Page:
The participant’s urinary BPA concentration rose by up to 1,600% following the consumption of canned soy milk, compared with consumption of soy milk from glass bottles. Additionally, systolic blood pressure increased by approximately 4.5 mmHg. No statistically significant differences in heart rate variability were observed.

Wednesday, December 17, 2014

Wisdom Wednesday: The Doctor-Patient Partnership

I recently reviewed the Targets and Self-Management for the Control of Blood Pressure in Stroke and at Risk Groups (TASMIN-SR). This study was published by Professor Richard McManus and colleagues in 2013.

The study documented the value of patients adjusting their own medication through self-monitoring of blood pressure in addition to the standard medical supervision.

This was a follow-up study to two previous studies that documented the value of monitoring blood pressure at home and then providing that data to the primary care physician. Both of those studies failed to change the standards of medical practice for the treatment of hypertension. In fact, the “gold standard” for screening, diagnosis and management of hypertension remains conventional office BP (blood pressure) measurement.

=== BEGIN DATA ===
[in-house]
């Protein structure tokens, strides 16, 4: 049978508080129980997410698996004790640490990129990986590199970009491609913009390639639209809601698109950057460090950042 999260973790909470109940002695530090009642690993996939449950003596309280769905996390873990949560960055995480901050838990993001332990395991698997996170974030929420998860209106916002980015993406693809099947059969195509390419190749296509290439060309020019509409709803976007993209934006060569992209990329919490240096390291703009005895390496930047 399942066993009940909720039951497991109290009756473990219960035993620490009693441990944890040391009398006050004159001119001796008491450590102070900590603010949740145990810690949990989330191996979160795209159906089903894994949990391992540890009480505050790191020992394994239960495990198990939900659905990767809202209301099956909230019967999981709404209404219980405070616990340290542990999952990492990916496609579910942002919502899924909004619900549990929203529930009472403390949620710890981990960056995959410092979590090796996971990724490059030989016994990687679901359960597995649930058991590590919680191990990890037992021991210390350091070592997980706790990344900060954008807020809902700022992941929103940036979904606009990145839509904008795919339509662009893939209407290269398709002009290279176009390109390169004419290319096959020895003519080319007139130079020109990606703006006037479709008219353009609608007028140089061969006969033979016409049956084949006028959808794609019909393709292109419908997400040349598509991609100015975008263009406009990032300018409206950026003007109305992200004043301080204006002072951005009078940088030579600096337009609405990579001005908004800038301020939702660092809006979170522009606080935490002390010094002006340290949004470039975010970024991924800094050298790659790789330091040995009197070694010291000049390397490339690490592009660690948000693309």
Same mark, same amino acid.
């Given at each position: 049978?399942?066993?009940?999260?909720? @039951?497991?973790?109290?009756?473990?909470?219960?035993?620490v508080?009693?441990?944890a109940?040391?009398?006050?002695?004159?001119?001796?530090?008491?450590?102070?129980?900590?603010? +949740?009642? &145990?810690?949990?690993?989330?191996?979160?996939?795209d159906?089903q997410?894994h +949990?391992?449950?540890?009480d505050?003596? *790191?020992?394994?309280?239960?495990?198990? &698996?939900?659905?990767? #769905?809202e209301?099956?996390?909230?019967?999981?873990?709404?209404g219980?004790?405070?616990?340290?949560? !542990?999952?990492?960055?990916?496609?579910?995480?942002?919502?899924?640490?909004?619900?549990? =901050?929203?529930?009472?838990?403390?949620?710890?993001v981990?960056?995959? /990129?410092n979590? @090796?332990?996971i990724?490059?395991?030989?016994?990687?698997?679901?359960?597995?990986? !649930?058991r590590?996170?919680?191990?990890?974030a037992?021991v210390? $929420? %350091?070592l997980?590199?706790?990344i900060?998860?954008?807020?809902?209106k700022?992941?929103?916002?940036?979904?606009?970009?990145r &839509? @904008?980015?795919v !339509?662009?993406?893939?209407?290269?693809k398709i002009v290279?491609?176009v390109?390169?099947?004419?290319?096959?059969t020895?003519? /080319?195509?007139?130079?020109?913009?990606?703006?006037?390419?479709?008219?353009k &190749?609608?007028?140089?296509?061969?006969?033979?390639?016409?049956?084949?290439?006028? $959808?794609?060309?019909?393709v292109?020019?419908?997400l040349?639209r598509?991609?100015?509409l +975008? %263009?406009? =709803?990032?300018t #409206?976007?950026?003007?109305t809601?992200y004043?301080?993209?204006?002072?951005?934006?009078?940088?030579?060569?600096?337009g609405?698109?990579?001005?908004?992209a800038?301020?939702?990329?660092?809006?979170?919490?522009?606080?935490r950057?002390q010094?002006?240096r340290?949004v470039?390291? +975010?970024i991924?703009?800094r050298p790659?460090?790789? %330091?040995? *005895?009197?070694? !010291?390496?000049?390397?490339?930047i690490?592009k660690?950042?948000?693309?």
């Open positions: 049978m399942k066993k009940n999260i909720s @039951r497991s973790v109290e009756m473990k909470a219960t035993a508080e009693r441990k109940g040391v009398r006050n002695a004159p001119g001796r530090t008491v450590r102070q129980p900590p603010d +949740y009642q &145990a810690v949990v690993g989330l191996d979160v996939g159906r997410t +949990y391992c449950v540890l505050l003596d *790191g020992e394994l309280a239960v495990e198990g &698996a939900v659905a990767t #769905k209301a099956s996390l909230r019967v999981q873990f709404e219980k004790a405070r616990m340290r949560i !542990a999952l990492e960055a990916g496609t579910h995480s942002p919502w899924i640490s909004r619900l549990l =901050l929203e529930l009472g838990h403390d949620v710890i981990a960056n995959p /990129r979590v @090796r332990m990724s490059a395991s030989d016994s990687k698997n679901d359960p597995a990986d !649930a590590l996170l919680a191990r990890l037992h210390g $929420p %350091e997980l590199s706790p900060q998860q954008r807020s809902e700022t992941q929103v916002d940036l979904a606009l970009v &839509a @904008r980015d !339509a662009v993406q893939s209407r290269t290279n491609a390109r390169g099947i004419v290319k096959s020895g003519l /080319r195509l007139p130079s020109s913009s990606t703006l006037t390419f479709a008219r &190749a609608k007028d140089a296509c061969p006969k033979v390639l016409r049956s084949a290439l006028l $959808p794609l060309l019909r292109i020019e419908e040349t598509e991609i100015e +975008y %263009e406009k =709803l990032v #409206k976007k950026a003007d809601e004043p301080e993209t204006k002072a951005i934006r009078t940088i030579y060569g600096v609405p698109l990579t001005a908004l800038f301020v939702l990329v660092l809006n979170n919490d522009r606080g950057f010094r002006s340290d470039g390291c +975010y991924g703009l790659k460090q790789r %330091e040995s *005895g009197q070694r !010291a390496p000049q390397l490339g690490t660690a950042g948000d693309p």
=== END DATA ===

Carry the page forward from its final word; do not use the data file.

The question now being asked of the medical community: Are patients and providers ready to partner? Unfortunately, in most medical practices, the answer remains no.

Physicians often talk about poor patient compliance and I must admit, I have been one of those physicians. However, compliance is not the issue. Patients are not bound to comply with “doctor’s orders”.

Too often I see patients that blindly follow the doctor’s recommendations without question. This is how patients end up on 16 prescription drugs, many of which have detrimental interactions and are contraindicated. It is estimated that fully one-third of the diagnosed cases of dementia in this country are just over medicated patients who would recover their faculties if some or all of their medication was discontinued.

Monday, December 15, 2014

Study Casts Doubt on Low-Dose Aspirin for Women Under 65

Although low-dose aspirin may curb the risks of heart disease and colon cancer, the downsides appear outweigh the benefits for many women, a new large study suggests.